Thursday, March 8, 2012

The Marlin 917, the Weaver scope, and the Bravo Necker

I got to go play in the woods this week for the first time since squirrel season ended.  It was a really nice time.  February was mostly about sick kiddos and work and sick me and more work so a day away was really nice.

I was afraid I had missed the last of the winter weather this year but the roads were treacherous early in the day and as the temps moved above freezing and the roads cleared, the snow squalls continued.  I was thrilled to see one coming on while I was moving down the highway.  March isn't March without an early snow.

The snow wasn't completely off in my woods either.  The north-facing side of the ridge offered some nice views and some last glimpses of winter before it faded out completely.  I hear lots of people say they really like this global warming thing.  I myself miss the snow and cold.

The first reason for our visit out was to get the 17 out and see how the scope I picked up for it would do.  I foolishly talked myself into taking it out without having had it to the range once to get it on paper.  The clementines I took to use as targets / lunch did not really know the difference until we got out beyond 35 yards.  I was having trouble getting a precise read on the POI / POA so I used about 50 rounds and had some fun.  Weaver optics, even in this little rimfire guy they have (2 to 7 X 28) are just dynamite.  Many times I wish I had more money to buy their higher end stuff just to see how it does in comparison.  For the $ though, I am a Weaver guy for sure.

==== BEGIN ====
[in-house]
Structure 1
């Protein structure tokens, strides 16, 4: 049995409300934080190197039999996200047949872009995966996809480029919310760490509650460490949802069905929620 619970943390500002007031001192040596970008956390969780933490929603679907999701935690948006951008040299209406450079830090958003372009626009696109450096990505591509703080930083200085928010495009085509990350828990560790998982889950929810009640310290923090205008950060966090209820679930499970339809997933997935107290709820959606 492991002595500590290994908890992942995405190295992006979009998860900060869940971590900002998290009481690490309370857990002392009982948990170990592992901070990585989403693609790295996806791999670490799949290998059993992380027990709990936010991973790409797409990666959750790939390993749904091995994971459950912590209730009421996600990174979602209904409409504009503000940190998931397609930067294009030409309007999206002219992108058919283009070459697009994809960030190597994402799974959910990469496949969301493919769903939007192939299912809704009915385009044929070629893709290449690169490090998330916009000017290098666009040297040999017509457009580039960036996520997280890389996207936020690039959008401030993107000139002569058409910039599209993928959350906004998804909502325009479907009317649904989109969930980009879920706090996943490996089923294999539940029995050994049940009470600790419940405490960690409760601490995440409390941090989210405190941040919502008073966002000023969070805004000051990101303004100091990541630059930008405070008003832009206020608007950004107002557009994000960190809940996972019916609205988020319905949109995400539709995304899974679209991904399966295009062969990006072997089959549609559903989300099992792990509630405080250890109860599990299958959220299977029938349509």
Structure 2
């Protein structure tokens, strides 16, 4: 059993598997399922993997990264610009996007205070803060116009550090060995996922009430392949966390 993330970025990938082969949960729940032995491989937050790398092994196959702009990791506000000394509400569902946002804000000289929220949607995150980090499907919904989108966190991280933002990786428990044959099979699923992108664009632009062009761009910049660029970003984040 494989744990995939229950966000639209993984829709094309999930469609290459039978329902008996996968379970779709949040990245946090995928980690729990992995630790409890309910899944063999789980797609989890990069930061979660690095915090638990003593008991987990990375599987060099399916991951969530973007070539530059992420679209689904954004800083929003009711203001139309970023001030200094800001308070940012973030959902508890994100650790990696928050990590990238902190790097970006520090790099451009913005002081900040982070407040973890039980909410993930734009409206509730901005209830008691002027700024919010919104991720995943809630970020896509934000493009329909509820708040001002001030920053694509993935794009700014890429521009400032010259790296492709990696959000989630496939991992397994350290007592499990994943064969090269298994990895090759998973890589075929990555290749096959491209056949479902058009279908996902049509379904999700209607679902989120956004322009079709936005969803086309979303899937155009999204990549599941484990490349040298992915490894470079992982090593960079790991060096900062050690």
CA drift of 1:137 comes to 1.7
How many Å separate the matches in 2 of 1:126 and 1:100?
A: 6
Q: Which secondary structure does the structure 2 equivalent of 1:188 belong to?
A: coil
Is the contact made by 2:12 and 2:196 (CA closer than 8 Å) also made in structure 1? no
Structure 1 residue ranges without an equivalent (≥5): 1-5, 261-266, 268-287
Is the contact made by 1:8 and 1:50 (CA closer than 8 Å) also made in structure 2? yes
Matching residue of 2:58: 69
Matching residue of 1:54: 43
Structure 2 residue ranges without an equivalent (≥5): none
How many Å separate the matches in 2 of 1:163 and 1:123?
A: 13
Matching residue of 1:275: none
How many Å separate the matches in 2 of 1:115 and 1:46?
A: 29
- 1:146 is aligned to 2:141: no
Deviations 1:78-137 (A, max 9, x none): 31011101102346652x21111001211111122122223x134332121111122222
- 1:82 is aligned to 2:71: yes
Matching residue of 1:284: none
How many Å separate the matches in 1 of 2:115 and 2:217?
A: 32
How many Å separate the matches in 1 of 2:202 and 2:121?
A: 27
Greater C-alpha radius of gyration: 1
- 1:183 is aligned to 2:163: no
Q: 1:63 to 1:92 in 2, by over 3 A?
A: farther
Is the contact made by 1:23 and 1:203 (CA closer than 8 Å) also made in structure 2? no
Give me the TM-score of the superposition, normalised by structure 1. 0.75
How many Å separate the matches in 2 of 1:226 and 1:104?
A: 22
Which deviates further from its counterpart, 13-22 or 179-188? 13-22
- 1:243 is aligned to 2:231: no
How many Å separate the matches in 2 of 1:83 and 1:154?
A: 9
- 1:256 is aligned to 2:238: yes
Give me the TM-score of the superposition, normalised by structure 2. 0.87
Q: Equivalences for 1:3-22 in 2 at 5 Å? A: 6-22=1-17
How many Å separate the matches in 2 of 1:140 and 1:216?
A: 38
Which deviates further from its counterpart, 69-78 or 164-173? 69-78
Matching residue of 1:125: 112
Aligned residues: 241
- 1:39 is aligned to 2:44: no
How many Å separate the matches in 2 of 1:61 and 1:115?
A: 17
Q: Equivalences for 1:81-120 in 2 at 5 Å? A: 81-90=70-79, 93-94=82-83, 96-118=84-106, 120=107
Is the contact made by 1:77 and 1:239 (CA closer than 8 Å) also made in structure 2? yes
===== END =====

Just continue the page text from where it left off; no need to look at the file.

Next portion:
The second objective of the day was retrieval of the Bark River Bravo Necker I had left in the woods.  In January I had taken this blade to the woods with me and left it hanging in a tree by accident.  I returned three weeks later and after some looking, found the tree and knife.  It was unharmed so, I decided to hang it in the old cedar tree I was photographing that day until I could get back to get it.  It turns out that was 6 more weeks.

When I arrived, I found it just as I had left it after snow and tornadoes and rain and rain and rain.    She was hanging tough, kydex still in place.

The real test though was to see how it did in full exposure to the elements with no intervention.  I won't lie, I love these little blades.  It's my full intention to carry one as my game knife this year and going forward.  They are tough and very functional.  I was anxious to see how the 12C27 held up.

For the most part it appears to have been fine.  The rust in the picture is where the kydex contacted the blade and trapped water.  I will work with it and see how it cleans up.

The opposing side fared a bit better.  At this point I am inclined to consider removing the coating and changing the sheath.  Otherwise, the blade is tough enough to hang out in the wild, unattended for an extended period.  It's hard to beat it.  I think this one earned a place in my kit....

I am in the process of working up what my gear for the next season should look like.  At some point, down the line, I'll post up what I have found it getting it out and working with it.  Some of the long-held ideas I had seem to be improvable and with my back finally working, I will see what I can do with things.  Thanks for looking, as always...

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